Click here to see Alex's complete library

Sunday, January 5, 2014

Are you Ready for a Real Florida Adventure?

In southwest Florida there a dozen and a half ways to enjoy the weather and the scenery while also getting in shape. From running and swimming to triathlons and mud runs, we have almost everything. When I say almost that is because there is one sport that has only just begun to gain traction in our part of the sunshine state. That sport is off road riding, otherwise known as mountain biking.

You might be asking, how can you mountain bike without mountains? Mountain bikes are built not merely for climbing and descending but more specifically for exploring. The knobby tires and plush suspension make it possible to go on journeys far from the pavement. It is only off road where you will experience the true beauty of southwest Florida's nature and see the vast array of amazing animals up close and personal. Off road riding allows you to have a real Florida adventure.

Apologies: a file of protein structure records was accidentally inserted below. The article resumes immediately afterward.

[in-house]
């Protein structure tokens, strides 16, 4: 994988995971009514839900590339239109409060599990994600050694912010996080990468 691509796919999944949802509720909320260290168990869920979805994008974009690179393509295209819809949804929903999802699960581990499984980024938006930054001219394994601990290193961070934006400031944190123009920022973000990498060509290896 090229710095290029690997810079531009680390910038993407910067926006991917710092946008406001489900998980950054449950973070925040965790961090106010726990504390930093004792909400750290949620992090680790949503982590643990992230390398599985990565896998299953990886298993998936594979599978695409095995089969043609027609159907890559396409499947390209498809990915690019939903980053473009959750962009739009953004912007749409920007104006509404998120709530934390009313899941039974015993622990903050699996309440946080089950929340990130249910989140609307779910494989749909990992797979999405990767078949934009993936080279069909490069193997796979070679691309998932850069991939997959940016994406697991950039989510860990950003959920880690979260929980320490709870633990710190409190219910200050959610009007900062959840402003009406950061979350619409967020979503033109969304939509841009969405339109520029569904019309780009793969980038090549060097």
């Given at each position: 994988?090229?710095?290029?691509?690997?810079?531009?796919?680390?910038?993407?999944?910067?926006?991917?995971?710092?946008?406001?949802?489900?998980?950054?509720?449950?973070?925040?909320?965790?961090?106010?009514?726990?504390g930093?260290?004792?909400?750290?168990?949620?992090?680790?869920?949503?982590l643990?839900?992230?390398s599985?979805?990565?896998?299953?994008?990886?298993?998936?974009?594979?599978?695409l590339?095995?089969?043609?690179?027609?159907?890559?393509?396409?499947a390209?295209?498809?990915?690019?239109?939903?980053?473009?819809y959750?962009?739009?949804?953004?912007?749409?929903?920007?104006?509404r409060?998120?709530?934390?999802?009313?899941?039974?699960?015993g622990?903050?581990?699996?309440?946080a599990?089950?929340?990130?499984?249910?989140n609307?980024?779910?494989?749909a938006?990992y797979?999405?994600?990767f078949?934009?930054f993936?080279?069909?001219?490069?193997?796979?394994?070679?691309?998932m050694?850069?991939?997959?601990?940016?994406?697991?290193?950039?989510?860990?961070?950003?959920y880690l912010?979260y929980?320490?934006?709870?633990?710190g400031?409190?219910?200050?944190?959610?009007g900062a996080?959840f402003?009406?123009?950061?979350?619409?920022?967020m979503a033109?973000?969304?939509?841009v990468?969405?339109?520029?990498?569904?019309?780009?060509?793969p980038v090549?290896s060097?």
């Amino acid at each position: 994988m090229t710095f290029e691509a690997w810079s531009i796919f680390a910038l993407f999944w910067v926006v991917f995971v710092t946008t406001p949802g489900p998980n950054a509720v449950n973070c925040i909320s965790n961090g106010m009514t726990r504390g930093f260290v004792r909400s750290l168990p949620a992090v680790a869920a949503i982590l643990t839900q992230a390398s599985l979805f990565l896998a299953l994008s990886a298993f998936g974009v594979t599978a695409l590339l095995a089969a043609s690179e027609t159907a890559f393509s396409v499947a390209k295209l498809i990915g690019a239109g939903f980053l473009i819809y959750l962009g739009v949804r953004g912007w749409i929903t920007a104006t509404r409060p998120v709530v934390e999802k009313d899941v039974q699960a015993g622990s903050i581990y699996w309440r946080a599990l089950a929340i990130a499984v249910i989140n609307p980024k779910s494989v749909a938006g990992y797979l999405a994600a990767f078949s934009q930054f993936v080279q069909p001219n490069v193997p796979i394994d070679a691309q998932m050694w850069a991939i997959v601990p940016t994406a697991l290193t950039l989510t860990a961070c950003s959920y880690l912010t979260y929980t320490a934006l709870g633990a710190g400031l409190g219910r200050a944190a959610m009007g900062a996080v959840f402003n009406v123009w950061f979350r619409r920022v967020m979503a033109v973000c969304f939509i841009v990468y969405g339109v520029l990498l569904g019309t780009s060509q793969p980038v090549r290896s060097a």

Where can you go for these types of adventures? A trail building group named SCORR (Sarasota County Off Road Riders) has built a mountain bike specific trail system in Venice at the T.Mabry Carlton Reserve park. These new trails consist of 4+ miles of fun, twisty singletrack which is connected to 80 miles of long established fire roads.

SCORR gathers every Tuesday night, and sometimes on the weekends, for group rides around the park. These rides break up into smaller groups for varying abilities and speeds. They always warmly welcome new people to join them. However, if you already enjoy spending time riding off road you might want to visit their yearly event - The Piggy's Revenge Off Road Challenge.